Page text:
I know hundreds of people who play with worse form than myself, don't practice as much, and have no problem with barre chords, so I just figure I have wimpy hands.
Sorry if my descriptions are useless, I'll tab them out if anyone asks.
posted by Jack Karaoke at 2:39 AM on June 12, 2005

I mostly play bass, but sometimes also steel-stringed acoustic guitar. My technique improved a lot when I started exercising my fingers.

Try combining strength exercises with finger independence training. For example, you can squeeze the outer two joints of all fingers as hard as you can, and then straighten one finger at a time and wiggle it, without moving the rest. At first it seems impossible, but you get better at it quickly, and hopefully your guitar skills improve as you do.
posted by springload at 3:18 AM on June 12, 2005

When you do barre chords, you're stretching muscles in your hand you wouldn't normally; at least to the extent and in the direction the guitar requires you too. Like learning any chords, your brain and your hand don't know how to do them at all, at first, but repeated practise will make it second nature.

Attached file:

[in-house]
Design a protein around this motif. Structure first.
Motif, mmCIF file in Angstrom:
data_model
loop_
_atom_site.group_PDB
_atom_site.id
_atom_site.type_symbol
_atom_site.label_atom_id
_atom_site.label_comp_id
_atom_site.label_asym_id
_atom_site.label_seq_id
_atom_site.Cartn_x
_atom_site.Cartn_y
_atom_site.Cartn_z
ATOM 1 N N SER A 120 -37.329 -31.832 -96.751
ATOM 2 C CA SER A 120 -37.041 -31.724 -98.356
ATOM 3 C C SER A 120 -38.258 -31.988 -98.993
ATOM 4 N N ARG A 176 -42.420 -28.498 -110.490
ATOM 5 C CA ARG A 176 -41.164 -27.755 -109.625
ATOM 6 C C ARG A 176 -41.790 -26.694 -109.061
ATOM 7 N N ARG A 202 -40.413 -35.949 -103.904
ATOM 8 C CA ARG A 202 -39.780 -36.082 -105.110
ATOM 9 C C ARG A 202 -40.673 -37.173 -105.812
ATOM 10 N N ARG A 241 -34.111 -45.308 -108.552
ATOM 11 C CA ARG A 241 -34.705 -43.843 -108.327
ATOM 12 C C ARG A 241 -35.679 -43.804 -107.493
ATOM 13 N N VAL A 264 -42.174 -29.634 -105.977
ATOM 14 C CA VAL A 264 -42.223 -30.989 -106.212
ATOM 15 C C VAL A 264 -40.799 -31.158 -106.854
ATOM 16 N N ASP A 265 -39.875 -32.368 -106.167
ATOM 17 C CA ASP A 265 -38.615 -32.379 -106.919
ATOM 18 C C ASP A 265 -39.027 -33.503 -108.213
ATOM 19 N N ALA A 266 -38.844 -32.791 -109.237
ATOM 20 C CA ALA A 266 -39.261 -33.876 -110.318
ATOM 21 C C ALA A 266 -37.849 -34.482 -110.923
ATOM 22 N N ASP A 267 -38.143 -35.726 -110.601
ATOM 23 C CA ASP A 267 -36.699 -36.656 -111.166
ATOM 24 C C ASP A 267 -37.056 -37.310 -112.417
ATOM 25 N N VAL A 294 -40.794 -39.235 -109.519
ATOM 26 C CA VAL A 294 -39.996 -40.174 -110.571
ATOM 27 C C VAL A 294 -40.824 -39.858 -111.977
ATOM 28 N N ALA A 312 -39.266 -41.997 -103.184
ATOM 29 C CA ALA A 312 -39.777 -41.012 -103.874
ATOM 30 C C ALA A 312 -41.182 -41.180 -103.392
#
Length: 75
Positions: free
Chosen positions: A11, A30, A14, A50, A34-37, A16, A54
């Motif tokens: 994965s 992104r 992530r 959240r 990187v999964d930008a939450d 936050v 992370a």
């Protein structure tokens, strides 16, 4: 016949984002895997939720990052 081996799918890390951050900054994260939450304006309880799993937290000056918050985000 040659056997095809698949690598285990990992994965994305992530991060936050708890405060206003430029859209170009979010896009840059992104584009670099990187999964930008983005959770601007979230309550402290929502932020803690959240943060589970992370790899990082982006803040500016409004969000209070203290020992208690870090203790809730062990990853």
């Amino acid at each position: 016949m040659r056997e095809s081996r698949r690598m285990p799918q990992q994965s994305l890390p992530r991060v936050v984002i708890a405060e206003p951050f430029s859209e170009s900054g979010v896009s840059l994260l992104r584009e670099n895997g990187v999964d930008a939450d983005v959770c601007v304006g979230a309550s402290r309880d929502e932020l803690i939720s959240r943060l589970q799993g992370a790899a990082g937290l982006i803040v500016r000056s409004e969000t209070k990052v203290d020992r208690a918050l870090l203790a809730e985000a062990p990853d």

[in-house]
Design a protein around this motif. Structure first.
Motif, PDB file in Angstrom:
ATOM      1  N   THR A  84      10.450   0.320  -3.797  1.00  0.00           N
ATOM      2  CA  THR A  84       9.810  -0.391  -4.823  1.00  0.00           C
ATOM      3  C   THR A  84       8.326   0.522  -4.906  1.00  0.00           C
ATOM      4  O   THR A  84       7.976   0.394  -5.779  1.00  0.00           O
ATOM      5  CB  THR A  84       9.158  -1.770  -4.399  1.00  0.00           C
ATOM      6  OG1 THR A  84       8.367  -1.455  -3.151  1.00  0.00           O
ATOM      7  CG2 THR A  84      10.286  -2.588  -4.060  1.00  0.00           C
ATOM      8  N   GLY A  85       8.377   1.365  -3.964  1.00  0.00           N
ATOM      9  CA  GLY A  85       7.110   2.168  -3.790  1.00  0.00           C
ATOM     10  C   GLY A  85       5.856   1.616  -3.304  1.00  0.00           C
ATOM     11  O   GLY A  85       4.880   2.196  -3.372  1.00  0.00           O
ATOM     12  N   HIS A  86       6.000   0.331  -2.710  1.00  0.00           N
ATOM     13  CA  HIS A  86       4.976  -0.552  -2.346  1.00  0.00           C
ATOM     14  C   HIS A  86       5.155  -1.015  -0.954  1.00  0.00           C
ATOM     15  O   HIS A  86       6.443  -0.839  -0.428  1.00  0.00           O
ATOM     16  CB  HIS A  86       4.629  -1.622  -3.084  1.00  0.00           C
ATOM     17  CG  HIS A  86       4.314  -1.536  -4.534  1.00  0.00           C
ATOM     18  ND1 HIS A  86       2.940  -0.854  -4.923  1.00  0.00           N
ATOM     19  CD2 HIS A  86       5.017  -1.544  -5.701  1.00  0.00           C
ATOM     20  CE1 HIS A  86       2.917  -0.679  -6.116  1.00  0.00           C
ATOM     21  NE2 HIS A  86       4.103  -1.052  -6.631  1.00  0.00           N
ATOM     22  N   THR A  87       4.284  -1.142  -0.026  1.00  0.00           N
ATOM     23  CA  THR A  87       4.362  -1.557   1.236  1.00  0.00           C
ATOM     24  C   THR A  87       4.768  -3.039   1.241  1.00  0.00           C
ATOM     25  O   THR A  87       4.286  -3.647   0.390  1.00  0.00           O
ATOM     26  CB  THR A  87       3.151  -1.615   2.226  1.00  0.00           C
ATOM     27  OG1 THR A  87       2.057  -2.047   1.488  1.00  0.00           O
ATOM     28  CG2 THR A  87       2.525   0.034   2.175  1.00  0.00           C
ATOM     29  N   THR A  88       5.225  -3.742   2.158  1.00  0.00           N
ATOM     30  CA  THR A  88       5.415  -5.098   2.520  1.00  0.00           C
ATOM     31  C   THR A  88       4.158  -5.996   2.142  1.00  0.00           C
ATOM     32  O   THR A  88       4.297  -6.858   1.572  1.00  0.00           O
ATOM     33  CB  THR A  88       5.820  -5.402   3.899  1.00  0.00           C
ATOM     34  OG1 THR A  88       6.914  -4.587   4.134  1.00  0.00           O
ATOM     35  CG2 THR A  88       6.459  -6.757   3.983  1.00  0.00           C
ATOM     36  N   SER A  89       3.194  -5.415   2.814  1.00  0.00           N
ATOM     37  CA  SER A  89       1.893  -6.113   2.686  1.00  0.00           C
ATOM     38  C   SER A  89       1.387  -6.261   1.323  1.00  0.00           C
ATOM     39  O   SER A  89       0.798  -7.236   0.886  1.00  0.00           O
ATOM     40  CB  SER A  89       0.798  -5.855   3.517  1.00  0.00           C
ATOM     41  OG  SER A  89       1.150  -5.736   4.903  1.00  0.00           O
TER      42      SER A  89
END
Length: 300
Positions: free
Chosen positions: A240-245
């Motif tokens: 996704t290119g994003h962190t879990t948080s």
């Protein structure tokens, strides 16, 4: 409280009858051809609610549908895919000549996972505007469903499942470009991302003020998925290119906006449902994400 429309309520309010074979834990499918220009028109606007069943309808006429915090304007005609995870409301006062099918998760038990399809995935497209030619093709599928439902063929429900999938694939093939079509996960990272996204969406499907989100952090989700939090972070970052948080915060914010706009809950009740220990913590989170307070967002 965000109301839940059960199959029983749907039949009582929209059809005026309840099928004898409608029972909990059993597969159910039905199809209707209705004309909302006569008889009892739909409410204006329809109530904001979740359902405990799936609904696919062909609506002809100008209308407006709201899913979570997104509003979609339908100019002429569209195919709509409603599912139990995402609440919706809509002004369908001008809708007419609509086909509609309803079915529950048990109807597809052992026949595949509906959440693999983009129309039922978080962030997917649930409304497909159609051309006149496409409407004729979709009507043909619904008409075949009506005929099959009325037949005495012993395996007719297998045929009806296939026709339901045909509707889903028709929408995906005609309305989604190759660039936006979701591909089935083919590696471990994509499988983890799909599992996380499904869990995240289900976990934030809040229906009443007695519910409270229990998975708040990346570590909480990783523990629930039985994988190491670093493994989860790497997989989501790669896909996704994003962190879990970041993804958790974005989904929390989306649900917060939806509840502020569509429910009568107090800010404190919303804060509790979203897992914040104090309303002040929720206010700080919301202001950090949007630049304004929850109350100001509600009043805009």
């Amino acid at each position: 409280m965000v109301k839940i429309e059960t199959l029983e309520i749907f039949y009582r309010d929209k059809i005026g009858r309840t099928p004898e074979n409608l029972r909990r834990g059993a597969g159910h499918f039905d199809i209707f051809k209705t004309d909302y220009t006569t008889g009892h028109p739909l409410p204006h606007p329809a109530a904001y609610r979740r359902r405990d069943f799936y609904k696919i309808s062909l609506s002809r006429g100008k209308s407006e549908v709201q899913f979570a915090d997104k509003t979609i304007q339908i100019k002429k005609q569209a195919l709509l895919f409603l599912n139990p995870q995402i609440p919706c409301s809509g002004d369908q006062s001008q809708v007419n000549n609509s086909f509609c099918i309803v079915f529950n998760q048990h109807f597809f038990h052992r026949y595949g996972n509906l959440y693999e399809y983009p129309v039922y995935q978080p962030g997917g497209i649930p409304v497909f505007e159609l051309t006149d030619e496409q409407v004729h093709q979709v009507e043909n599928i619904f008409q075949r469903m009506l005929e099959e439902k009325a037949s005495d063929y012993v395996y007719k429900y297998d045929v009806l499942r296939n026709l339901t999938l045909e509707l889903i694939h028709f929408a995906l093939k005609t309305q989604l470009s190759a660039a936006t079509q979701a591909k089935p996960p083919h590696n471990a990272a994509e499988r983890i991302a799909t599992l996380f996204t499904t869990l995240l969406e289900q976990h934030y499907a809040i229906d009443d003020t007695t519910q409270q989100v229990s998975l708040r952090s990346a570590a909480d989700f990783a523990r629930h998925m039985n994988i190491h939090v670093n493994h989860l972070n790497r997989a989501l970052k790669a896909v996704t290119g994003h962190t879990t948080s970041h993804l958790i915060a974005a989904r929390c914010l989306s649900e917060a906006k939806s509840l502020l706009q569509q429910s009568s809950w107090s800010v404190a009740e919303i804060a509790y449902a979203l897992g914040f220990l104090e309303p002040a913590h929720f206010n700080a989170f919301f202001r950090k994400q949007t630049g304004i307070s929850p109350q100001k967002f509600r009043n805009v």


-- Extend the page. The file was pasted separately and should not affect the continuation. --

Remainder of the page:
I hate barre chords myself, and have never had enough patience to practise them. I may now, though.
posted by armoured-ant at 3:55 AM on June 12, 2005

I asked this question a while back... here's the resulting thread.
posted by weston at 4:04 AM on June 12, 2005

It seems you have your answer already but it's definitely all about developing the muscle and playing frequently. When I was in my garage band years ago I could play bar chords all day long because that's what all the songs consisted of. But even now I have to work up to it if I write a song with lots of bar chords. Just keep playing the song each day and i'd say within a couple days you'll be fine.

Also, the fact that you are playing it on an acoustic could add to the strain because they typically have a wider neck than electric guitars. In my experience, electric guitars are much easier to play bar chords on.